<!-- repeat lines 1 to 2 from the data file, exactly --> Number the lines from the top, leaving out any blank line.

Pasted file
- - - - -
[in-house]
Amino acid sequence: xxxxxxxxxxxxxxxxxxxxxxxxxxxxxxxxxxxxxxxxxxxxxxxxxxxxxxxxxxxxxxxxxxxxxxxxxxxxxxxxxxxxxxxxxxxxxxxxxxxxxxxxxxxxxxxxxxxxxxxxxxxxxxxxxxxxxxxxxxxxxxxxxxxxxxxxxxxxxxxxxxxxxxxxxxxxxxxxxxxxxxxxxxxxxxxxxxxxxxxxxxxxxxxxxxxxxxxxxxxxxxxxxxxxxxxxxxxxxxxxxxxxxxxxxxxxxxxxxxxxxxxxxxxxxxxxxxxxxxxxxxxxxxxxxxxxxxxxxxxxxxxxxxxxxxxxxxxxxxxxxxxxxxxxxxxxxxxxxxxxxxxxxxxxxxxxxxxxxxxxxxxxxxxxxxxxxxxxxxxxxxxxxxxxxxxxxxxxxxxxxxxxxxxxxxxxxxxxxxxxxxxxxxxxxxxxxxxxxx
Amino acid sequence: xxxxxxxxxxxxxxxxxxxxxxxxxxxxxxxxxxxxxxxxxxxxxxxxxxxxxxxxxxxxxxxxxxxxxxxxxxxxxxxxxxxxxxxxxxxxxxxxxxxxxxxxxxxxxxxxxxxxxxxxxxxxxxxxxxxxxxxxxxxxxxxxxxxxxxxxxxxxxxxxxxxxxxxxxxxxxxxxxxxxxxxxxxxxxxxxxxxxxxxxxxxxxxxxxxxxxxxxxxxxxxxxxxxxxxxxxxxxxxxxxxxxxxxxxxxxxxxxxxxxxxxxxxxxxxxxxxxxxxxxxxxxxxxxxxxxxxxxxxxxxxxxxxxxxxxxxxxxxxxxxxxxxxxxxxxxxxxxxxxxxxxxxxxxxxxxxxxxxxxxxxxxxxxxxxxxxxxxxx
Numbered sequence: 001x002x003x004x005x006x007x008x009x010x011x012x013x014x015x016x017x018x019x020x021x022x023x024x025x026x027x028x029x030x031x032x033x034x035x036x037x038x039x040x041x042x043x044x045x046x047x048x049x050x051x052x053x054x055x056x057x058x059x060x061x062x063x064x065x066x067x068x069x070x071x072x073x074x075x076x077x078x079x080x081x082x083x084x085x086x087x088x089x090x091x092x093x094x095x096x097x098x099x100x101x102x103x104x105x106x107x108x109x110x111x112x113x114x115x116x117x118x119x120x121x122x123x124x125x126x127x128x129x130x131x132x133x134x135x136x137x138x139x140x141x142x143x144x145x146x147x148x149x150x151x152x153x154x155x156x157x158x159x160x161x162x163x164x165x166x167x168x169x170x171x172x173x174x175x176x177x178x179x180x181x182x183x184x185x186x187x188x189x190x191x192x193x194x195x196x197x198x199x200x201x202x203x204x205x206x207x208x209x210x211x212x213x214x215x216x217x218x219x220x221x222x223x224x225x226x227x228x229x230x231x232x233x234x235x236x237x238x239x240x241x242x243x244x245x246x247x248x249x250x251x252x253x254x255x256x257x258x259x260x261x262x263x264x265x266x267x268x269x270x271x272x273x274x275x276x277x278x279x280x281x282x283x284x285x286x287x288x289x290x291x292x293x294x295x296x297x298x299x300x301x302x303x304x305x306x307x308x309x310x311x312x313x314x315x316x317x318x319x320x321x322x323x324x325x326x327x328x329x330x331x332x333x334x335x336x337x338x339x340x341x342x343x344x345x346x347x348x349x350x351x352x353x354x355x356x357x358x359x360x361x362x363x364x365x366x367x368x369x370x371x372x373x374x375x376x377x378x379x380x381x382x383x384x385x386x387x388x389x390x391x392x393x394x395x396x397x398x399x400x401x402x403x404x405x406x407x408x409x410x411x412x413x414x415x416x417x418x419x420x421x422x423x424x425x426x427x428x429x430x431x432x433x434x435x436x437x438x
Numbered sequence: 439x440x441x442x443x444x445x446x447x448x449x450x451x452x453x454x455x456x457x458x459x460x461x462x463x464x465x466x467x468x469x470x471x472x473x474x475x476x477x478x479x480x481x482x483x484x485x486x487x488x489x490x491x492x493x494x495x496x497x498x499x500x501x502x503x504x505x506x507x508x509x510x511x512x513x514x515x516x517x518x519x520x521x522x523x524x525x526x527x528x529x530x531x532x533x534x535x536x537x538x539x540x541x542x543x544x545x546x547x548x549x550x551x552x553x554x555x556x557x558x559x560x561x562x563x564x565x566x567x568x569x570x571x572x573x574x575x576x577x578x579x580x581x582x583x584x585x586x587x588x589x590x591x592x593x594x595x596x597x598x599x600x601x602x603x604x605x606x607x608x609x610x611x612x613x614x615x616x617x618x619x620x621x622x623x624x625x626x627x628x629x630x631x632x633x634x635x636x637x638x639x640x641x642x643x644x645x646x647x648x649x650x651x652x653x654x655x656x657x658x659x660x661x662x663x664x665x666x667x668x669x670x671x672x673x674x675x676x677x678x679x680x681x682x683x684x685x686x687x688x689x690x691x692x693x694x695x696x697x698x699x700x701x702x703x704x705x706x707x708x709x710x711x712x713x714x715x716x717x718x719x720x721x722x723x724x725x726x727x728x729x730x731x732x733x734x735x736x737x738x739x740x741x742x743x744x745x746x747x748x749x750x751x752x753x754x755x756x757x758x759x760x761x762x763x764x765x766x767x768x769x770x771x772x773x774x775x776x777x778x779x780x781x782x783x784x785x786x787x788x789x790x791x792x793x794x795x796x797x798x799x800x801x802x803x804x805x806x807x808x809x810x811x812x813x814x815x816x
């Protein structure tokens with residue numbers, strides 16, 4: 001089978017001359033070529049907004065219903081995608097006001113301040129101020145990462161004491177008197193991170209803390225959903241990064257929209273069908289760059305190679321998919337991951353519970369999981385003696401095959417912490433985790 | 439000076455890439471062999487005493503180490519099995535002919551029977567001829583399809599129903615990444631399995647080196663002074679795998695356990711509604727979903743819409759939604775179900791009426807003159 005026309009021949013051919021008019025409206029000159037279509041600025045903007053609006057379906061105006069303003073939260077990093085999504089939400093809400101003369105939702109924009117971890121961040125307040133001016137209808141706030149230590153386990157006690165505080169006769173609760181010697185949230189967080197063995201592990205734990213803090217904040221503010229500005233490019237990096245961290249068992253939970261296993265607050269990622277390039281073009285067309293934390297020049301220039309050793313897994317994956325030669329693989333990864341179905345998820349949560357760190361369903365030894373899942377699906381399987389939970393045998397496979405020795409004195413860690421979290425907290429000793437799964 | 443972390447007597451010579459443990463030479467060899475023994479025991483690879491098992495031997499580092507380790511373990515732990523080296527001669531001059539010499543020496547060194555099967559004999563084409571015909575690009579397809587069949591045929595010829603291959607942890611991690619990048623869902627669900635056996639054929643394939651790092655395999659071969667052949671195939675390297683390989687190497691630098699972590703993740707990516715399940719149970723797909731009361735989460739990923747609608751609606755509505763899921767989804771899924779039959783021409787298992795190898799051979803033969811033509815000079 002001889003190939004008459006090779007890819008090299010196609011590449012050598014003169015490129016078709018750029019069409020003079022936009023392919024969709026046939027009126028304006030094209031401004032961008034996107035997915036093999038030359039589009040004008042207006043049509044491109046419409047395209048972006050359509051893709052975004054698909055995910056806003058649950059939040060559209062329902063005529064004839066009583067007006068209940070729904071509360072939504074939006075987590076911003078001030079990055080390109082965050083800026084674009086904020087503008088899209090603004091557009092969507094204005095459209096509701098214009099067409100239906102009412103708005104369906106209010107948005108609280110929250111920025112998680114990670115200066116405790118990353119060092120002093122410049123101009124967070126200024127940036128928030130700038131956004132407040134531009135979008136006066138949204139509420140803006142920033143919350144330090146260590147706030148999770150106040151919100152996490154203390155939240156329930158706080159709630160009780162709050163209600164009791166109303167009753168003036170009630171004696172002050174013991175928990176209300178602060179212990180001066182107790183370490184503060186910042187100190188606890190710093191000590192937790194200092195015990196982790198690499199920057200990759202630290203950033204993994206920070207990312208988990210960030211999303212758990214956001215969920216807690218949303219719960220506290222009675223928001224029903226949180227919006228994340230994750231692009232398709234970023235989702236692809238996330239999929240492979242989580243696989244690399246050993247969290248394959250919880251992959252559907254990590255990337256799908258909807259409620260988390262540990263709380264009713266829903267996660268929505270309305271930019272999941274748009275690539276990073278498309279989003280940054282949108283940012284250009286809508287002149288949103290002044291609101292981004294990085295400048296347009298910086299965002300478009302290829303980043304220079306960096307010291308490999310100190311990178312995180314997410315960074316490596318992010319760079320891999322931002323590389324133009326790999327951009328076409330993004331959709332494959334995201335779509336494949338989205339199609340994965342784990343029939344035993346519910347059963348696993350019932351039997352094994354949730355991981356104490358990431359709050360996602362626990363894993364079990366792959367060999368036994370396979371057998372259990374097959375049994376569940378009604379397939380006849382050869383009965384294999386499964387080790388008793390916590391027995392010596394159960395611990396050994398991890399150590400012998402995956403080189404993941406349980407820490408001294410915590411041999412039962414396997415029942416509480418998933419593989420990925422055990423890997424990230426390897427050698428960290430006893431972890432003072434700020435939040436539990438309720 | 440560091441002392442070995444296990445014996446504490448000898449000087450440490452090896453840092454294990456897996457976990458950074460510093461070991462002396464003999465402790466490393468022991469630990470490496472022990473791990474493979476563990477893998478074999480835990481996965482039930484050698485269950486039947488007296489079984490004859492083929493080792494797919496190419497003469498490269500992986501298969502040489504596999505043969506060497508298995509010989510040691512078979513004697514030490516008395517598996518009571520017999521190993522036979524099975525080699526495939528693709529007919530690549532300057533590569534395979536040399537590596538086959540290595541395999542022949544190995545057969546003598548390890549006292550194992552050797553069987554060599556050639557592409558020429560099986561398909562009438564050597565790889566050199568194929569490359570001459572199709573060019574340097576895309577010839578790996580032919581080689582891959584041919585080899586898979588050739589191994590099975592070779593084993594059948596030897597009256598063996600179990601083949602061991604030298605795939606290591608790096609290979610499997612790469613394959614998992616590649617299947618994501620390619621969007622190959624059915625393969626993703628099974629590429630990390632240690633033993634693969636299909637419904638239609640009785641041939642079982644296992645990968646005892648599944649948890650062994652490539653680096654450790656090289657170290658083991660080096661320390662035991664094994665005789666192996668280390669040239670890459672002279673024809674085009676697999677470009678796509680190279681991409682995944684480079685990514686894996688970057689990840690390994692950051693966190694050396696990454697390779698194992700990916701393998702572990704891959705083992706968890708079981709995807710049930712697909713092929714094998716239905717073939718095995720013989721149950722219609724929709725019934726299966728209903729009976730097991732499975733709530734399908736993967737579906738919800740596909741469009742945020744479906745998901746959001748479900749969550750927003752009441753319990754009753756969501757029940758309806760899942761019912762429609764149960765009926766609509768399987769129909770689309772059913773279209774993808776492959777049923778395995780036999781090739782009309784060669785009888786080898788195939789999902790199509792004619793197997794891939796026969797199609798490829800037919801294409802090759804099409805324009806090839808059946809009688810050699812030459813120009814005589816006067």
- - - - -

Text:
[in-house]
Amino acid sequence: xxxxxxxxxxxxxxxxxxxxxxxxxxxxxxxxxxxxxxxxxxxxxxxxxxxxxxxxxxxxxxxxxxxxxxxxxxxxxxxxxxxxxxxxxxxxxxxxxxxxxxxxxxxxxxxxxxxxxxxxxxxxxxxxxxxxxxxxxxxxxxxxxxxxxxxxxxxxxxxxxxxxxxxxxxxxxxxxxxxxxxxxxxxxxxxxxxxxxxxxxxxxxxxxxxxxxxxxxxxxxxxxxxxxxxxxxxxxxxxxxxxxxxxxxxxxxxxxxxxxxxxxxxxxxxxxxxxxxxxxxxxxxxxxxxxxxxxxxxxxxxxxxxxxxxxxxxxxxxxxxxxxxxxxxxxxxxxxxxxxxxxxxxxxxxxxxxxxxxxxxxxxxxxxxxxxxxxxxxxxxxxxxxxxxxxxxxxxxxxxxxxxxxxxxxxxxxxxxxxxxxxxxxxxxxxxxxxxxx